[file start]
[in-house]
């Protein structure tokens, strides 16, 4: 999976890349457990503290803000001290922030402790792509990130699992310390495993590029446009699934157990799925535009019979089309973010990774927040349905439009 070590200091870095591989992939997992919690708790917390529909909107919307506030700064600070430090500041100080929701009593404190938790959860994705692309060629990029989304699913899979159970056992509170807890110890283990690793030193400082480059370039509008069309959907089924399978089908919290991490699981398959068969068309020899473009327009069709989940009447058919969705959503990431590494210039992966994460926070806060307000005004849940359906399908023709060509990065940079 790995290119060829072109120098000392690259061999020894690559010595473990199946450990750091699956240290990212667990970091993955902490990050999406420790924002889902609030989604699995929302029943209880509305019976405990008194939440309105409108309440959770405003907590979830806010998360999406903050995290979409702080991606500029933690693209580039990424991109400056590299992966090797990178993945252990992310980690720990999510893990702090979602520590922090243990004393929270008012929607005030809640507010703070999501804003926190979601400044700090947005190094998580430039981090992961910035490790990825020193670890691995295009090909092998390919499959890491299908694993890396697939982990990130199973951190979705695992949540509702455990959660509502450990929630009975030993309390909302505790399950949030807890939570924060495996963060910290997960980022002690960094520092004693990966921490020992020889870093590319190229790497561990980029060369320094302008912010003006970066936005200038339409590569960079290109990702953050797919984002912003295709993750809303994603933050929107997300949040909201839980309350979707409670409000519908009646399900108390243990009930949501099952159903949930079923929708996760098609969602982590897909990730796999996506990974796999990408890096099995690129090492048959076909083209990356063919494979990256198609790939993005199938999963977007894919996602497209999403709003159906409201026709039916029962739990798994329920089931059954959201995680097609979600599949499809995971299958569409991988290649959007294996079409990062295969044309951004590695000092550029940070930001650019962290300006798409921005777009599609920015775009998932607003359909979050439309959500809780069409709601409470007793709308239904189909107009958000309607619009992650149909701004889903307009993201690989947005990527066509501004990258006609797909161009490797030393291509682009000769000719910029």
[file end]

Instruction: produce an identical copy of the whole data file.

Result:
[in-house]
């Protein structure tokens, strides 16, 4: 999976890349457990503290803000001290922030402790792509990130699992310390495993590029446009699934157990799925535009019979089309973010990774927040349905439009 070590200091870095591989992939997992919690708790917390529909909107919307506030700064600070430090500041100080929701009593404190938790959860994705692309060629990029989304699913899979159970056992509170807890110890283990690793030193400082480059370039509008069309959907089924399978089908919290991490699981398959068969068309020899473009327009069709989940009447058919969705959503990431590494210039992966994460926070806060307000005004849940359906399908023709060509990065940079 790995290119060829072109120098000392690259061999020894690559010595473990199946450990750091699956240290990212667990970091993955902490990050999406420790924002889902609030989604699995929302029943209880509305019976405990008194939440309105409108309440959770405003907590979830806010998360999406903050995290979409702080991606500029933690693209580039990424991109400056590299992966090797990178993945252990992310980690720990999510893990702090979602520590922090243990004393929270008012929607005030809640507010703070999501804003926190979601400044700090947005190094998580430039981090992961910035490790990825020193670890691995295009090909092998390919499959890491299908694993890396697939982990990130199973951190979705695992949540509702455990959660509502450990929630009975030993309390909302505790399950949030807890939570924060495996963060910290997960980022002690960094520092004693990966921490020992020889870093590319190229790497561990980029060369320094302008912010003006970066936005200038339409590569960079290109990702953050797919984002912003295709993750809303994603933050929107997300949040909201839980309350979707409670409000519908009646399900108390243990009930949501099952159903949930079923929708996760098609969602982590897909990730796999996506990974796999990408890096099995690129090492048959076909083209990356063919494979990256198609790939993005199938999963977007894919996602497209999403709003159906409201026709039916029962739990798994329920089931059954959201995680097609979600599949499809995971299958569409991988290649959007294996079409990062295969044309951004590695000092550029940070930001650019962290300006798409921005777009599609920015775009998932607003359909979050439309959500809780069409709601409470007793709308239904189909107009958000309607619009992650149909701004889903307009993201690989947005990527066509501004990258006609797909161009490797030393291509682009000769000719910029």